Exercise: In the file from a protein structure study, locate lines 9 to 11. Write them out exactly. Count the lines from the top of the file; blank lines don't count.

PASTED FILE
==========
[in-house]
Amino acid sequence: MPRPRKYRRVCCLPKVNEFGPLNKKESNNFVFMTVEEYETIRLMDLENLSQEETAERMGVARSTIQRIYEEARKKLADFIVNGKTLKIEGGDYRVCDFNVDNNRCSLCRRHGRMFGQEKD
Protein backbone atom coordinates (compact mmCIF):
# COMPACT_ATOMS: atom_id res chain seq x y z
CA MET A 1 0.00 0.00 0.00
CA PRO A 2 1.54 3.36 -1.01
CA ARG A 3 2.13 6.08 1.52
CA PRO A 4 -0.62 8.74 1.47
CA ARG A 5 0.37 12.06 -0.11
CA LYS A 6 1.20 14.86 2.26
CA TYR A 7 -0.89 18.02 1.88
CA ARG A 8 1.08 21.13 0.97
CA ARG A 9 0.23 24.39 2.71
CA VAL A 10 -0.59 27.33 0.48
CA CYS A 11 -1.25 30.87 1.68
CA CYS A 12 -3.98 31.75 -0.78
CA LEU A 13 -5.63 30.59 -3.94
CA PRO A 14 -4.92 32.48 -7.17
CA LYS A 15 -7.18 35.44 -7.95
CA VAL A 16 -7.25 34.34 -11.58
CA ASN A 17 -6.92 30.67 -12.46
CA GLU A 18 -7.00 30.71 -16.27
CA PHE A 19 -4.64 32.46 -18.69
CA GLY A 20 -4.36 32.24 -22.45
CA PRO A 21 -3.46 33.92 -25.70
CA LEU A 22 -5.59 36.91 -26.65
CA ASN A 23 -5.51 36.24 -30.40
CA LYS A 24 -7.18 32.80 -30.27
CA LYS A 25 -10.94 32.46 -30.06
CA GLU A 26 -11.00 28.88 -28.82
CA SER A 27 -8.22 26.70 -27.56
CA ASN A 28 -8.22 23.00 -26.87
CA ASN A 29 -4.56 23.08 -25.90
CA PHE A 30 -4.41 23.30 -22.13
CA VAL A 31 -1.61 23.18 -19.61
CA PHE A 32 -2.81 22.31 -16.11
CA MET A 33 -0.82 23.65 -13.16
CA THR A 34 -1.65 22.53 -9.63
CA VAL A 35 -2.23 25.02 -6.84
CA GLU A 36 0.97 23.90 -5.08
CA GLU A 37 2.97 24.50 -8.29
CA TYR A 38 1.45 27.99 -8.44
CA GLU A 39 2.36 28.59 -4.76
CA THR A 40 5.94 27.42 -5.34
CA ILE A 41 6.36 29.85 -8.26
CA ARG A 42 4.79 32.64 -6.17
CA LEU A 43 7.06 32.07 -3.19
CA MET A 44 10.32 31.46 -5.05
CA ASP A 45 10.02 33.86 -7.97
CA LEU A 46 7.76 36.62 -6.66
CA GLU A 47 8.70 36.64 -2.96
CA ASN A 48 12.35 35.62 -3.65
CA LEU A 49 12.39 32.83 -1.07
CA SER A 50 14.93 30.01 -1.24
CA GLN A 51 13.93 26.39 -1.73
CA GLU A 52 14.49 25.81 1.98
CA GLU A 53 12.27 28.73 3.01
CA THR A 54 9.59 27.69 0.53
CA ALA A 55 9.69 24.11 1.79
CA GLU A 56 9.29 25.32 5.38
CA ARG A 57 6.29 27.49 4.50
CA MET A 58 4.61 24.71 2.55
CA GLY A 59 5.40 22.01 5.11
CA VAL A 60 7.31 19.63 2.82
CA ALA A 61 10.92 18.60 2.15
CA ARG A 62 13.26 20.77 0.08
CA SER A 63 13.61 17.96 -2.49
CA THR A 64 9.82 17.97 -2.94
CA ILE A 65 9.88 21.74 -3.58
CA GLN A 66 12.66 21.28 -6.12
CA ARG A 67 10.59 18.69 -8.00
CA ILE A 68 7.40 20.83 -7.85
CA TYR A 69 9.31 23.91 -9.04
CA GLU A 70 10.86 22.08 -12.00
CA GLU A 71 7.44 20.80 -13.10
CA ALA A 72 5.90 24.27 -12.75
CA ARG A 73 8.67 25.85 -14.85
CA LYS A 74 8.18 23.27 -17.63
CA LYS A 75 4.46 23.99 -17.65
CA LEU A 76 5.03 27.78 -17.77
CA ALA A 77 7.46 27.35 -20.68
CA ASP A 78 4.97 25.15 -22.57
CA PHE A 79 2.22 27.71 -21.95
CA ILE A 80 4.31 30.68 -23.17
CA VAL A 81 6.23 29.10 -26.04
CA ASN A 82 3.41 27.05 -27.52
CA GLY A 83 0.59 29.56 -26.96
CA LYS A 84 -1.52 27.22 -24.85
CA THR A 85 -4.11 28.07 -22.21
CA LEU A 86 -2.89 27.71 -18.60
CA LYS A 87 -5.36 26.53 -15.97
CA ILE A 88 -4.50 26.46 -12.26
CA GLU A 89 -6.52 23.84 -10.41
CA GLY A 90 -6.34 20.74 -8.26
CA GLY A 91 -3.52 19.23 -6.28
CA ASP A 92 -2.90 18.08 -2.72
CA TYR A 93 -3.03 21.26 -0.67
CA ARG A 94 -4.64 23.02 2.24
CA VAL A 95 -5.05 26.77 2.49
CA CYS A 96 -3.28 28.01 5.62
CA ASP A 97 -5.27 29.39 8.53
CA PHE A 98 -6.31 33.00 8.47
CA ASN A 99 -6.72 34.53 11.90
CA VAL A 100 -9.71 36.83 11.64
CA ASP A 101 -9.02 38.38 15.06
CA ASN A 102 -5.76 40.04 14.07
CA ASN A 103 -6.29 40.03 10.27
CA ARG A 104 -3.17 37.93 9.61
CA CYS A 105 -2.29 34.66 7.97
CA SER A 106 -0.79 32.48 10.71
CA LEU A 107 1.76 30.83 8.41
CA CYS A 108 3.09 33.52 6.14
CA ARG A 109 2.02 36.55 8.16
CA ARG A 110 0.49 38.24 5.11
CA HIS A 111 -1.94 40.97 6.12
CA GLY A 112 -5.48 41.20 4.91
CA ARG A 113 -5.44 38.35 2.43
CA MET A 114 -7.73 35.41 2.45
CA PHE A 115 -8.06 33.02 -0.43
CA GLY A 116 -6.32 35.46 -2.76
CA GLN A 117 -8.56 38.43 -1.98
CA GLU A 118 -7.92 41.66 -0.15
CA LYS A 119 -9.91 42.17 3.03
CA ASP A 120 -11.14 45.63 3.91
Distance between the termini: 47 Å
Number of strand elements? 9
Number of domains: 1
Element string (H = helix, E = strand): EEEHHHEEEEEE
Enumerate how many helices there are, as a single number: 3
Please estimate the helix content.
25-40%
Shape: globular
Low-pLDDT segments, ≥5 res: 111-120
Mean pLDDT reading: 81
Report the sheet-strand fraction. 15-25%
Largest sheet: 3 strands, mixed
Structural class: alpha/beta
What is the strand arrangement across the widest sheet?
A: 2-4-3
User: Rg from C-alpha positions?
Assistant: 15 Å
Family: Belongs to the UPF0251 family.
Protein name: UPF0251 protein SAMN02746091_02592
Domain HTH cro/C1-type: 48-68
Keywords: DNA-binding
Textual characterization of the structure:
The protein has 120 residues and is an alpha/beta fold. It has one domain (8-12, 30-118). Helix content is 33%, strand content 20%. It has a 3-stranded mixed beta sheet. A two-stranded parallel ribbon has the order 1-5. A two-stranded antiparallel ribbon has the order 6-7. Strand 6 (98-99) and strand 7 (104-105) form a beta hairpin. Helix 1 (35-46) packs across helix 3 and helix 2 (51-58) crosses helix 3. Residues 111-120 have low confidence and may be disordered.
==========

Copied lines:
CA ARG A 5 0.37 12.06 -0.11
CA LYS A 6 1.20 14.86 2.26
CA TYR A 7 -0.89 18.02 1.88